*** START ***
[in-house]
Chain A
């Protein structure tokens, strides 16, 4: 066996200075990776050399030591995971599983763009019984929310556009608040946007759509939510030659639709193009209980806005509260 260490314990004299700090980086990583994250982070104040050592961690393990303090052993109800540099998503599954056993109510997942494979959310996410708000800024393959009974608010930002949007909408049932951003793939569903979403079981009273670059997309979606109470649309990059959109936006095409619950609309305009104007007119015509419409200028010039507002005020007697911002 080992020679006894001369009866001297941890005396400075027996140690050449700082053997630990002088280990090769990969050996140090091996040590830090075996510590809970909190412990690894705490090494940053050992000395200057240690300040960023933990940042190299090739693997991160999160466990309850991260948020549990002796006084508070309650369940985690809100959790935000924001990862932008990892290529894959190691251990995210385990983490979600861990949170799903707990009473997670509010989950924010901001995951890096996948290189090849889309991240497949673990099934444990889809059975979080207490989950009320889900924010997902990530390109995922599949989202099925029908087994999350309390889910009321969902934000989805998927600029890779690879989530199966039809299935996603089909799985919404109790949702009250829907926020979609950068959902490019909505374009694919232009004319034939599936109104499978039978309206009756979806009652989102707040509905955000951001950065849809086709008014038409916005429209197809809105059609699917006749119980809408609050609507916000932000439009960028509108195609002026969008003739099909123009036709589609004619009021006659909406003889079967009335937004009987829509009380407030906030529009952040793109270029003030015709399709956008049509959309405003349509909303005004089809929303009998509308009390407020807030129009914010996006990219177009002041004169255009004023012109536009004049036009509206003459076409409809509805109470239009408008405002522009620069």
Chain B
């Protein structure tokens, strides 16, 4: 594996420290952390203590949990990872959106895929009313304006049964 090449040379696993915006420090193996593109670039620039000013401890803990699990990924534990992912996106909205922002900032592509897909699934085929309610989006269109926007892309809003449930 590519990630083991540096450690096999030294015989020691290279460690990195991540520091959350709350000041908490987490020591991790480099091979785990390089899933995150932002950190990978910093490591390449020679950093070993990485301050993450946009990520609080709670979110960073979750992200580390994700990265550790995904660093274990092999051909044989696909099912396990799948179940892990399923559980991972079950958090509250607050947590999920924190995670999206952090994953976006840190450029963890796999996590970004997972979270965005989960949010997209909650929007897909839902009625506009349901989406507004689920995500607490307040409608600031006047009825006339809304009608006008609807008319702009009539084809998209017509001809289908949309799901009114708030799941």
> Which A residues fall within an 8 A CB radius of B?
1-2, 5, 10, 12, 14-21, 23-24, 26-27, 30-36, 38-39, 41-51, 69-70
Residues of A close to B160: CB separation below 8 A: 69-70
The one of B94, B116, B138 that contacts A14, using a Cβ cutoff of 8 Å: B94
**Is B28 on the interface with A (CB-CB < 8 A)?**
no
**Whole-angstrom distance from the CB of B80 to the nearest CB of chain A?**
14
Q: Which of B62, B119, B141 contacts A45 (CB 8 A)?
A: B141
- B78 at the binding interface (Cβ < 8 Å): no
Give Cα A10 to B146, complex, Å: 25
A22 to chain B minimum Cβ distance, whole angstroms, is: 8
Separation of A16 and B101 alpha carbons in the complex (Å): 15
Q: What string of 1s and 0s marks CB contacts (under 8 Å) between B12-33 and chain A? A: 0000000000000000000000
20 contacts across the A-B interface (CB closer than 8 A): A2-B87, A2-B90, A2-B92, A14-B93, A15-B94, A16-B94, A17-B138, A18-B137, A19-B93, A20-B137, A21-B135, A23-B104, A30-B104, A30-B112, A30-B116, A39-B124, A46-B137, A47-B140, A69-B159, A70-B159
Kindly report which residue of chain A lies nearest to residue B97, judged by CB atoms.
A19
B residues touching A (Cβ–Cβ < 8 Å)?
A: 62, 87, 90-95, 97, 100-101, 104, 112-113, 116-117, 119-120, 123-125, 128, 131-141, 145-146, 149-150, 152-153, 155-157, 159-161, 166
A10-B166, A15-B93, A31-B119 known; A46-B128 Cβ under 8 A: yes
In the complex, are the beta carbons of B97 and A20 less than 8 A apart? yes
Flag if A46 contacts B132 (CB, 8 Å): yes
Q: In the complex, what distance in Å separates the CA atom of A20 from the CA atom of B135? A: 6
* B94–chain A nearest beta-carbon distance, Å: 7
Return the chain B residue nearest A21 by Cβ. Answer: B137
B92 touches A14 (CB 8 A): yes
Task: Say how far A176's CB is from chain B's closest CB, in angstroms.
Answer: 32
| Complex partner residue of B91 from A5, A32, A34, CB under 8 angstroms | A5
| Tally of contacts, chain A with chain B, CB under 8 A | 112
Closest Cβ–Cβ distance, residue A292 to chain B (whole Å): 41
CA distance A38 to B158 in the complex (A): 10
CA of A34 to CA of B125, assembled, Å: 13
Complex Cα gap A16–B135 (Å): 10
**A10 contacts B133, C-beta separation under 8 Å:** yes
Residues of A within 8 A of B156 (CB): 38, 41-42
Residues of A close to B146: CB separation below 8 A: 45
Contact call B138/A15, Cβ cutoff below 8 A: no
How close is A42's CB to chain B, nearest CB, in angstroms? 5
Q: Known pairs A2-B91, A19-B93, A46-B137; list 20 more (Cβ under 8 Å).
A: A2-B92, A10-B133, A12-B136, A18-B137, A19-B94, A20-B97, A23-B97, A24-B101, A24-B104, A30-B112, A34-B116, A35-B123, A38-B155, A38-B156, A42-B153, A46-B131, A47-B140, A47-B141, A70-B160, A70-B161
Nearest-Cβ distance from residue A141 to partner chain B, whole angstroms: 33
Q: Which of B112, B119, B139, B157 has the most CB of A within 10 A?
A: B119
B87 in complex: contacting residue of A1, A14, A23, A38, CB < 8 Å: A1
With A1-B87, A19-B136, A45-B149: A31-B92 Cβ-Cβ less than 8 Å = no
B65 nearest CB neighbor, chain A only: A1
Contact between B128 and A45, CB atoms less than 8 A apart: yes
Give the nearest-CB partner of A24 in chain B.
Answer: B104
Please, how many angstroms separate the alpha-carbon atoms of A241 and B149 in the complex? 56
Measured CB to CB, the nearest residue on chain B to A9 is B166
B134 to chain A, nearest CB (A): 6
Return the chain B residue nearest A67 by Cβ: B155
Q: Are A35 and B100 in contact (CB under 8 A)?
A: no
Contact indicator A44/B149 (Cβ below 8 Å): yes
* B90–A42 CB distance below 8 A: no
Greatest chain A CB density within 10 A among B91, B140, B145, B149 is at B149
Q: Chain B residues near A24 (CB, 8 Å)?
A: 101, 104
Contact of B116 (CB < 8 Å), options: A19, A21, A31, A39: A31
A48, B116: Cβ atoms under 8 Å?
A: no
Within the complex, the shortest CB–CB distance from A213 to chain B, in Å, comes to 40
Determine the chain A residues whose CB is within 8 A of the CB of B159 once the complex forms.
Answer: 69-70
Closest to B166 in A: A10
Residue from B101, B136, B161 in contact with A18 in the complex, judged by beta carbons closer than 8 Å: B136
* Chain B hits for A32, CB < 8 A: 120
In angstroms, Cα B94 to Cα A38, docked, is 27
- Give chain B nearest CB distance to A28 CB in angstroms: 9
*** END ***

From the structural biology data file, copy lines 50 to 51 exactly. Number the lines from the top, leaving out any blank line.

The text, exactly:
A: B119
B87 in complex: contacting residue of A1, A14, A23, A38, CB < 8 Å: A1